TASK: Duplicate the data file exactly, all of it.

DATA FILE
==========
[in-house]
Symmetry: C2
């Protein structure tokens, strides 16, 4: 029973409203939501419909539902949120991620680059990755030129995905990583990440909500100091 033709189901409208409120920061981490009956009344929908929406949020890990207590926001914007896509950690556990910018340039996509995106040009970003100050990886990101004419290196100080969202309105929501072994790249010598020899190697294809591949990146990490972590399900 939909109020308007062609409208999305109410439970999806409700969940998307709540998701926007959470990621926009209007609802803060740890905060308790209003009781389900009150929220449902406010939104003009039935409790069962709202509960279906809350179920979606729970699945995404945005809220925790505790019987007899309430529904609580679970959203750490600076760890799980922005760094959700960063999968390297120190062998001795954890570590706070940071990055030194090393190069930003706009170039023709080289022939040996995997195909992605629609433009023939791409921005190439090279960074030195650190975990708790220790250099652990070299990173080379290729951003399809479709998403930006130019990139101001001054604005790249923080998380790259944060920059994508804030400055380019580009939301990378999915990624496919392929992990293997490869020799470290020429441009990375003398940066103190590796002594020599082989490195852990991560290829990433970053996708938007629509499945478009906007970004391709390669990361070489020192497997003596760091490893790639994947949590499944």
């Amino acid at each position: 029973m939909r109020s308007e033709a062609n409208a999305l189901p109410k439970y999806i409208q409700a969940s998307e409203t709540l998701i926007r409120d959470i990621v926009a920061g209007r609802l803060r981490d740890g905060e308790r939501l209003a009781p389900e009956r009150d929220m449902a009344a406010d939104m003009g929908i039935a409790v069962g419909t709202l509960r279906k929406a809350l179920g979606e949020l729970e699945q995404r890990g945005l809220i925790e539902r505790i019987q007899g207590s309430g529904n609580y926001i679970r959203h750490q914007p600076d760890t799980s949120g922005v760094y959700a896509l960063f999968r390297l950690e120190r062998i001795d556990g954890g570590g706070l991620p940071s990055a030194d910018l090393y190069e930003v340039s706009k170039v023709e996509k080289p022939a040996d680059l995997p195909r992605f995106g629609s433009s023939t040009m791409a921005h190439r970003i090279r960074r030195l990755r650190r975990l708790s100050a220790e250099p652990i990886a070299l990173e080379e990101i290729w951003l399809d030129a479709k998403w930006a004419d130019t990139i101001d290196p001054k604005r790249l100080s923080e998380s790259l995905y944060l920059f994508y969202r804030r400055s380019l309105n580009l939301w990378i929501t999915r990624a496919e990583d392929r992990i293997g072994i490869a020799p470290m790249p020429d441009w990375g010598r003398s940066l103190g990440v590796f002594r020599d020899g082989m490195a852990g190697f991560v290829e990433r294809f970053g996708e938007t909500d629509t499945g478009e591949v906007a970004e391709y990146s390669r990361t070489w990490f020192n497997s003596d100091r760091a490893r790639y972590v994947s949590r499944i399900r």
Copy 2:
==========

[in-house]
Symmetry: C2
């Protein structure tokens, strides 16, 4: 029973409203939501419909539902949120991620680059990755030129995905990583990440909500100091 033709189901409208409120920061981490009956009344929908929406949020890990207590926001914007896509950690556990910018340039996509995106040009970003100050990886990101004419290196100080969202309105929501072994790249010598020899190697294809591949990146990490972590399900 939909109020308007062609409208999305109410439970999806409700969940998307709540998701926007959470990621926009209007609802803060740890905060308790209003009781389900009150929220449902406010939104003009039935409790069962709202509960279906809350179920979606729970699945995404945005809220925790505790019987007899309430529904609580679970959203750490600076760890799980922005760094959700960063999968390297120190062998001795954890570590706070940071990055030194090393190069930003706009170039023709080289022939040996995997195909992605629609433009023939791409921005190439090279960074030195650190975990708790220790250099652990070299990173080379290729951003399809479709998403930006130019990139101001001054604005790249923080998380790259944060920059994508804030400055380019580009939301990378999915990624496919392929992990293997490869020799470290020429441009990375003398940066103190590796002594020599082989490195852990991560290829990433970053996708938007629509499945478009906007970004391709390669990361070489020192497997003596760091490893790639994947949590499944």
């Amino acid at each position: 029973m939909r109020s308007e033709a062609n409208a999305l189901p109410k439970y999806i409208q409700a969940s998307e409203t709540l998701i926007r409120d959470i990621v926009a920061g209007r609802l803060r981490d740890g905060e308790r939501l209003a009781p389900e009956r009150d929220m449902a009344a406010d939104m003009g929908i039935a409790v069962g419909t709202l509960r279906k929406a809350l179920g979606e949020l729970e699945q995404r890990g945005l809220i925790e539902r505790i019987q007899g207590s309430g529904n609580y926001i679970r959203h750490q914007p600076d760890t799980s949120g922005v760094y959700a896509l960063f999968r390297l950690e120190r062998i001795d556990g954890g570590g706070l991620p940071s990055a030194d910018l090393y190069e930003v340039s706009k170039v023709e996509k080289p022939a040996d680059l995997p195909r992605f995106g629609s433009s023939t040009m791409a921005h190439r970003i090279r960074r030195l990755r650190r975990l708790s100050a220790e250099p652990i990886a070299l990173e080379e990101i290729w951003l399809d030129a479709k998403w930006a004419d130019t990139i101001d290196p001054k604005r790249l100080s923080e998380s790259l995905y944060l920059f994508y969202r804030r400055s380019l309105n580009l939301w990378i929501t999915r990624a496919e990583d392929r992990i293997g072994i490869a020799p470290m790249p020429d441009w990375g010598r003398s940066l103190g990440v590796f002594r020599d020899g082989m490195a852990g190697f991560v290829e990433r294809f970053g996708e938007t909500d629509t499945g478009e591949v906007a970004e391709y990146s390669r990361t070489w990490f020192n497997s003596d100091r760091a490893r790639y972590v994947s949590r499944i399900r």
Copy 2: